Both traditional methods of preserving fish, they are an essential part of Scotland’s culinary history and join other products like wild Scottish juniper, beremeal, and Shetland sheep on the Ark.
As part of Slow Food Scotland’s commitment to protect and preserve Scotland’s biodiversity and culinary history, boarding items onto the Ark of Taste gives Scotland a tool to educate residents and visitors about our food.
Supported by Slow Food international’s newly launched effort to board 1000 new items globally, and a streamlined boarding process, Scotland is leading the way with over 25 new products currently undergoing the application process.
Over the coming months Slow Food Scotland’s Ark of Taste coordinator will be leading workshops around the country. These will help introduce people to the concept and show them how to research and submit a piece of our culinary history onto the Ark of Taste in Scotland.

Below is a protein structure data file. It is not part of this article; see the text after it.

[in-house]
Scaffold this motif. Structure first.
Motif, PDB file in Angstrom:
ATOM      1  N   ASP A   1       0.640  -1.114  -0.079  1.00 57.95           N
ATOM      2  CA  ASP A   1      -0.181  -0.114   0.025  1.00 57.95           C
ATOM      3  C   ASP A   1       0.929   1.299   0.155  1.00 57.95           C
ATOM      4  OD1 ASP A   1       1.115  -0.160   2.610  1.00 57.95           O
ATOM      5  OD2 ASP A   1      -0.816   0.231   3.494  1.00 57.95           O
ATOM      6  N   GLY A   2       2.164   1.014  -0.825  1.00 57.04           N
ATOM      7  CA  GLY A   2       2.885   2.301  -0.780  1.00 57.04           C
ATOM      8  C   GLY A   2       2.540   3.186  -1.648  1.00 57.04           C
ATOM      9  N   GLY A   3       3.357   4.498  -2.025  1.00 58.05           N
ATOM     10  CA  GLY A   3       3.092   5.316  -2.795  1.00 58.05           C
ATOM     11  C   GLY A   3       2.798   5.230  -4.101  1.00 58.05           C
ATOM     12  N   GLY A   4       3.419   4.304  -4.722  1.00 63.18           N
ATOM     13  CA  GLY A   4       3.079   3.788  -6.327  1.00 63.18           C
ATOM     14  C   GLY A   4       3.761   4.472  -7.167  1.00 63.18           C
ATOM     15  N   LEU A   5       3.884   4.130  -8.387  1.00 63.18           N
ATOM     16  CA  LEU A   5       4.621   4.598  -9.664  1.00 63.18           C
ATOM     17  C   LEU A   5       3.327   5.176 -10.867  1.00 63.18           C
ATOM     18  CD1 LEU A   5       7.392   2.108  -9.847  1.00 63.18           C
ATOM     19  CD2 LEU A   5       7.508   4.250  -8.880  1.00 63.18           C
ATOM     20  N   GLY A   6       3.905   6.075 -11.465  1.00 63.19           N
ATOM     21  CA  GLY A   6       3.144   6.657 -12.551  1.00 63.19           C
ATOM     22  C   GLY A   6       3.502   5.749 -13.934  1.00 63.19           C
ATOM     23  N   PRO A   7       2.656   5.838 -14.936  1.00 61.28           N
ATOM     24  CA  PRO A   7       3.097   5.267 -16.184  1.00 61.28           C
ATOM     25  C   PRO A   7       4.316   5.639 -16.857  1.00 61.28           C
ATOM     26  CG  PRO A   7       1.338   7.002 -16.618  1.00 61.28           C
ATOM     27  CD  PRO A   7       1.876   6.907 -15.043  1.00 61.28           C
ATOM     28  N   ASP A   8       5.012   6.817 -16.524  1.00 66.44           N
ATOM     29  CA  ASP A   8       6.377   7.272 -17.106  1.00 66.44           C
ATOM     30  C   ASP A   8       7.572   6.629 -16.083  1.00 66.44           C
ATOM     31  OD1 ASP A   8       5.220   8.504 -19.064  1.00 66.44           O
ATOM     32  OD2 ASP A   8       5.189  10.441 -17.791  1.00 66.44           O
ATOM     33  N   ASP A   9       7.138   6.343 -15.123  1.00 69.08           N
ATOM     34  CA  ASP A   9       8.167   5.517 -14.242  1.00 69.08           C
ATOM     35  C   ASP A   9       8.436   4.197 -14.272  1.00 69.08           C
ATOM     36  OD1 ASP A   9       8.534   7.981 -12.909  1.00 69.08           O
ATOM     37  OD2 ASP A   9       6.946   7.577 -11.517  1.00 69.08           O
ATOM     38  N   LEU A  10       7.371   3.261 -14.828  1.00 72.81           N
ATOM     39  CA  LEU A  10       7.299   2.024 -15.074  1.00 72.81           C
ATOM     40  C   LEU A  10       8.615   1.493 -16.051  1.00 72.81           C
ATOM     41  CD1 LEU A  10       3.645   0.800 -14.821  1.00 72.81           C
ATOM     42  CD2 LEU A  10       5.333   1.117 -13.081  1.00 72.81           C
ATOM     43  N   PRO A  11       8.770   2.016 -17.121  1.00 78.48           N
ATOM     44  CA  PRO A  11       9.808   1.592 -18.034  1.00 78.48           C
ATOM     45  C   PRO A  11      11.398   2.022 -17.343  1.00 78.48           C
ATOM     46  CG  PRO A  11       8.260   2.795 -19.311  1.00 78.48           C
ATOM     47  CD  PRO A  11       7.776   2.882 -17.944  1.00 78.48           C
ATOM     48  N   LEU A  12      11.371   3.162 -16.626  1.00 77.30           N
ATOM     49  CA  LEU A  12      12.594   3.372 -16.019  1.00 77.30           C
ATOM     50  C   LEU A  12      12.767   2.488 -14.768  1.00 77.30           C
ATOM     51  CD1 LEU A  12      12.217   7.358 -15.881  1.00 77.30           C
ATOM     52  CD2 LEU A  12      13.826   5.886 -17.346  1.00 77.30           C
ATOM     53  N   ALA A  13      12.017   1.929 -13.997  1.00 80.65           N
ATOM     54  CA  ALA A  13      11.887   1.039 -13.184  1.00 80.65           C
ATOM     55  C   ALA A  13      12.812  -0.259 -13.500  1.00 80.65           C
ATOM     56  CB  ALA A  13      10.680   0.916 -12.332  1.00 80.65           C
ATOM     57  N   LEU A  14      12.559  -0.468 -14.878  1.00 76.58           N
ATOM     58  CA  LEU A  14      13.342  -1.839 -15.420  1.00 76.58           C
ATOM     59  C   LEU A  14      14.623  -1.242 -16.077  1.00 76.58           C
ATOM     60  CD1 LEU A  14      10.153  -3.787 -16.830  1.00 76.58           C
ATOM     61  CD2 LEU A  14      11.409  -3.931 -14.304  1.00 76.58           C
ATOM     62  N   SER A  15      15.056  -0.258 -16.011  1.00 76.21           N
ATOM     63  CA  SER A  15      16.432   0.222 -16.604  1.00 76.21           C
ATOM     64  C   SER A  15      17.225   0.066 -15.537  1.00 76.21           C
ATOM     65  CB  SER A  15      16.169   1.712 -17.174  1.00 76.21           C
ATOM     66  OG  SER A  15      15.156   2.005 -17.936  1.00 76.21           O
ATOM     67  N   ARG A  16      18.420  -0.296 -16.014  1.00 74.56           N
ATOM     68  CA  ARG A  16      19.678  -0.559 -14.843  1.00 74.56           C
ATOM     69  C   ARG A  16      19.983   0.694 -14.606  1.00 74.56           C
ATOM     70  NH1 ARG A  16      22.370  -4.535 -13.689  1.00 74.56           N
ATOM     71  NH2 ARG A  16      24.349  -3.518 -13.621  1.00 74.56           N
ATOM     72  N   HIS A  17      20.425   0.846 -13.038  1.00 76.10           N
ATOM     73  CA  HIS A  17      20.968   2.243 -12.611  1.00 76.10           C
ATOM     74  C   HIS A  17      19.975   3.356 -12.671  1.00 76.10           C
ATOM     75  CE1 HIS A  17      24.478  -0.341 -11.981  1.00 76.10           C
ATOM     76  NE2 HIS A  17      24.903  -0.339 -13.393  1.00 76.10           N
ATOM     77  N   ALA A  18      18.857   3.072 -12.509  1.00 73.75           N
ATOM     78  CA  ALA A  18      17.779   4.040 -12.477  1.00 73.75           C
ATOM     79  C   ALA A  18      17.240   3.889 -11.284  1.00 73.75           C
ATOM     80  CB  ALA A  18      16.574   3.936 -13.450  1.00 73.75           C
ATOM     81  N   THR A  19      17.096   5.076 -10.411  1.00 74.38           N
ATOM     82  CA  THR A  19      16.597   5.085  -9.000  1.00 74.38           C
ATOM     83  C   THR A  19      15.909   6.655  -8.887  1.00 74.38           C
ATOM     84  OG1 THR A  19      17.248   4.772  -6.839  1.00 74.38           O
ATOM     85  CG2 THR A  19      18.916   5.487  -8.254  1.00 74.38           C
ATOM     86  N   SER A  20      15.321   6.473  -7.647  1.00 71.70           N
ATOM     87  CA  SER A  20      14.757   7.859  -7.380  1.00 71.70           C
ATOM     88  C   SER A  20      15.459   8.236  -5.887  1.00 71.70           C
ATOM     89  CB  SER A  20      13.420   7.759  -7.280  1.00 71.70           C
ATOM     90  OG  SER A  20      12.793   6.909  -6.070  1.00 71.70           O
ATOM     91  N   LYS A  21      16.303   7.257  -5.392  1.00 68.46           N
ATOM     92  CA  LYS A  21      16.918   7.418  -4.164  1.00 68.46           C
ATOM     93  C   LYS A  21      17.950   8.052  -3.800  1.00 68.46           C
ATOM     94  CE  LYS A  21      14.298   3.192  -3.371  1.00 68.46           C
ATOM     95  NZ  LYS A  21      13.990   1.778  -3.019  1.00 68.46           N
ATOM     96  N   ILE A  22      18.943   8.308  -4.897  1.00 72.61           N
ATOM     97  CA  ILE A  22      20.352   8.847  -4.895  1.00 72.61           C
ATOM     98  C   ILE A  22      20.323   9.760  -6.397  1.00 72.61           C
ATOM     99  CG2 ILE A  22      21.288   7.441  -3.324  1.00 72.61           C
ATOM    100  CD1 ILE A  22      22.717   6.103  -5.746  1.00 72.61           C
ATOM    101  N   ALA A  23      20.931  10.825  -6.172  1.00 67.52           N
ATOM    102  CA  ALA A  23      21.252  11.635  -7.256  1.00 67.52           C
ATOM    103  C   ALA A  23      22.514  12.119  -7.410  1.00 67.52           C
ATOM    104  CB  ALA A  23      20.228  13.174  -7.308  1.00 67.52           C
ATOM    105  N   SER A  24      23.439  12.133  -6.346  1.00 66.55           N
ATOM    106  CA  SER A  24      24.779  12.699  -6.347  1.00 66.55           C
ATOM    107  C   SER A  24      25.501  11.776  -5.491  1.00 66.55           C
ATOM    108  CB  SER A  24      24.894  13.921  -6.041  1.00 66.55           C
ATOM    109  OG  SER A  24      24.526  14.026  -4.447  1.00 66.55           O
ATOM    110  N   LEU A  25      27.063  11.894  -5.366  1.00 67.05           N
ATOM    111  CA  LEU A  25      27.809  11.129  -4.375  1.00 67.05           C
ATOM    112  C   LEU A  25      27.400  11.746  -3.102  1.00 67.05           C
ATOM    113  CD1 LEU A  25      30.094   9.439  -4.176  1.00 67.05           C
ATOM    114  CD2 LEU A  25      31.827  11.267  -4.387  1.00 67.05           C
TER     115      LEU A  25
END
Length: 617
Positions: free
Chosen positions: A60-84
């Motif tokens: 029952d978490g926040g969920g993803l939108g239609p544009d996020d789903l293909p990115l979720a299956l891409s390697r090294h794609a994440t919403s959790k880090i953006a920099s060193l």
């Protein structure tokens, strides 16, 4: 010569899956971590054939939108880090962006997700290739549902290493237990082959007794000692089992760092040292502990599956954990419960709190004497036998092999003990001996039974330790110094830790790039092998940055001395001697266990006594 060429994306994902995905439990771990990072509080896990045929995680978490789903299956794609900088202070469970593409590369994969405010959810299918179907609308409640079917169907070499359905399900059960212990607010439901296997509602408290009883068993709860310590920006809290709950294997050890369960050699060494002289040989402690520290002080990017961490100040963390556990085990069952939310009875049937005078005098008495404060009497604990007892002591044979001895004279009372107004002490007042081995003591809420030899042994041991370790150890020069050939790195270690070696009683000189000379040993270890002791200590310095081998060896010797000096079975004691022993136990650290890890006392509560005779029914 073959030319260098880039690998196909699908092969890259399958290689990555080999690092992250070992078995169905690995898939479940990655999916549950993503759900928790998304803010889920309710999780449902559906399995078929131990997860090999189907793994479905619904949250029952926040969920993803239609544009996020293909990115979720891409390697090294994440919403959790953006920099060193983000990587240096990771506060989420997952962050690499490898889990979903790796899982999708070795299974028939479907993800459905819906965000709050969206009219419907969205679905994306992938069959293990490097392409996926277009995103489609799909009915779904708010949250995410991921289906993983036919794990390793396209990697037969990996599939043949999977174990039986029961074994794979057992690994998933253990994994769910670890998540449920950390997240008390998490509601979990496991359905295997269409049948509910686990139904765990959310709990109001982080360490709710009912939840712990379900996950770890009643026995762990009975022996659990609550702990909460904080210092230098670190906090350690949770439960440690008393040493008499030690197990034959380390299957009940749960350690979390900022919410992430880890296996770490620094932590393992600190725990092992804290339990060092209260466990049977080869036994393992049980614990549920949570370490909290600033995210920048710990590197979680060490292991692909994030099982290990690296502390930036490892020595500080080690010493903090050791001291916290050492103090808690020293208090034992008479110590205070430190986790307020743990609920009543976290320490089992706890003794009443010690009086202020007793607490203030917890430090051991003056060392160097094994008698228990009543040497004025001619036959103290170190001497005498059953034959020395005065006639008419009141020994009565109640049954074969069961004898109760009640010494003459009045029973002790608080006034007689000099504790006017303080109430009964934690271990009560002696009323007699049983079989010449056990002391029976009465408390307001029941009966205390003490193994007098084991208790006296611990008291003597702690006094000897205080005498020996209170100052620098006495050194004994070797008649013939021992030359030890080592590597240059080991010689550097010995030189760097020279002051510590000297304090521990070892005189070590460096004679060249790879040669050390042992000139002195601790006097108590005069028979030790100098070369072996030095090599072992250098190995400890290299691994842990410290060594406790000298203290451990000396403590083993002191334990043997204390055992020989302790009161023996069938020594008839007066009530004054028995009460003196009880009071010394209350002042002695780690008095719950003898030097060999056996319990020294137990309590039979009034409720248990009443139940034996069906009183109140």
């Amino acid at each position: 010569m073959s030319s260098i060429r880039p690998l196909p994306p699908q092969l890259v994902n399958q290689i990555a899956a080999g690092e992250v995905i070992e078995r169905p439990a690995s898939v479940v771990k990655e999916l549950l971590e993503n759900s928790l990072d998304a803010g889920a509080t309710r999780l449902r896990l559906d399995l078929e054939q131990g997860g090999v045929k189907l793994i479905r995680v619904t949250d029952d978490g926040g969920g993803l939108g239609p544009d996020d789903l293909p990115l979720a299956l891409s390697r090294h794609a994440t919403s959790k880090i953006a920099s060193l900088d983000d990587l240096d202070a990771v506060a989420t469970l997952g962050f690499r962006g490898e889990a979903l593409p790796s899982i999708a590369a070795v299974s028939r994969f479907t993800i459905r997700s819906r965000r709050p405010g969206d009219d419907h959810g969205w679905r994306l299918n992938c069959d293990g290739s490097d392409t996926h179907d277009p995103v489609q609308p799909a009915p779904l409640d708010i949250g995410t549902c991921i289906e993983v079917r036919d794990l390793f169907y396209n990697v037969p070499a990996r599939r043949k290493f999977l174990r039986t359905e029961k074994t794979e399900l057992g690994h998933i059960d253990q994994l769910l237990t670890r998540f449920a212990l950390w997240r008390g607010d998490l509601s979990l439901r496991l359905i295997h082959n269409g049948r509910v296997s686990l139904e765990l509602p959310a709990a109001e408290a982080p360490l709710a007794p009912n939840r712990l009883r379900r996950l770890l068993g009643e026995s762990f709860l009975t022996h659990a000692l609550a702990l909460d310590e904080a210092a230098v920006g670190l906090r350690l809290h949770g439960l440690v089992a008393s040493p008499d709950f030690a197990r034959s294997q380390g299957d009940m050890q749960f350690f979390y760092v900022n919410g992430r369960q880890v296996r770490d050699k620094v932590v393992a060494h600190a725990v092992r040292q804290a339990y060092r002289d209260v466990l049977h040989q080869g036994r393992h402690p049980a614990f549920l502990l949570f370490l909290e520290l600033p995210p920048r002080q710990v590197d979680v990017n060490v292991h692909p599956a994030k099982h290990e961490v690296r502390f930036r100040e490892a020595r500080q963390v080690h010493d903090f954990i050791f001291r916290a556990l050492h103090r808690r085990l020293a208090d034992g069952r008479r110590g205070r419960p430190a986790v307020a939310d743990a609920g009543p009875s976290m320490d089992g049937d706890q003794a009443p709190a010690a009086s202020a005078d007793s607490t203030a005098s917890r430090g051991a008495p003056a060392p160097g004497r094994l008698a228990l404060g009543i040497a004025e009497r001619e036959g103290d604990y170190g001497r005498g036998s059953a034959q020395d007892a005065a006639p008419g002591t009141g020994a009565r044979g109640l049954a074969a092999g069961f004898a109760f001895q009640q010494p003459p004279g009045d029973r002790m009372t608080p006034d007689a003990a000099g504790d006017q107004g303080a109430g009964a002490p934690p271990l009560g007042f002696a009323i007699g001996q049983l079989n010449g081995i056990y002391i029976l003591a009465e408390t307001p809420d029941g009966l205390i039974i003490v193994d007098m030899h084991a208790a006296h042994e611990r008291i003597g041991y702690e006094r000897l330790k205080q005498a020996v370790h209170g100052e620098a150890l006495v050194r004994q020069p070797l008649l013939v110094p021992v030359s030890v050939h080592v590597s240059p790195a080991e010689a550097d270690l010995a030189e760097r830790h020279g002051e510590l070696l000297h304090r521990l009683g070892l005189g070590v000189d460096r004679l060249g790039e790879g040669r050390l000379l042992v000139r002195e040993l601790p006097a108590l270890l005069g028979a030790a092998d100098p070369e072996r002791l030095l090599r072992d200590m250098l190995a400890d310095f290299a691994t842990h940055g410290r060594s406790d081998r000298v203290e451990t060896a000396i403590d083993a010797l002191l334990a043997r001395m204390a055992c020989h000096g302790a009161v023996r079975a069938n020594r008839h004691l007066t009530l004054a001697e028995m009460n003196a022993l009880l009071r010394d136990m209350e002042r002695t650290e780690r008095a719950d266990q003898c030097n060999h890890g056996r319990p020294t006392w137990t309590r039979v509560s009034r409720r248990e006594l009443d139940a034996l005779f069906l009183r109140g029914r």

All of this follows the growth of the Slow Food movement in Scotland with the number of local groups doubling since the founding of Slow Food Scotland in November.
Slow Food Scotland is the national Slow Food body in working to promote “good, clean, and fair food for everyone.”
Part of one of the largest international food communities with active groups in 190 countries, Slow Food Scotland runs the Ark of Taste, Chef's Alliance, and Taste Adventure programmes nationwide with 4 local groups across the country working locally to run local/regional activities working with chefs, producers, schools, and other to promote the enjoyment of good, clean, fair, and culturally relevant food.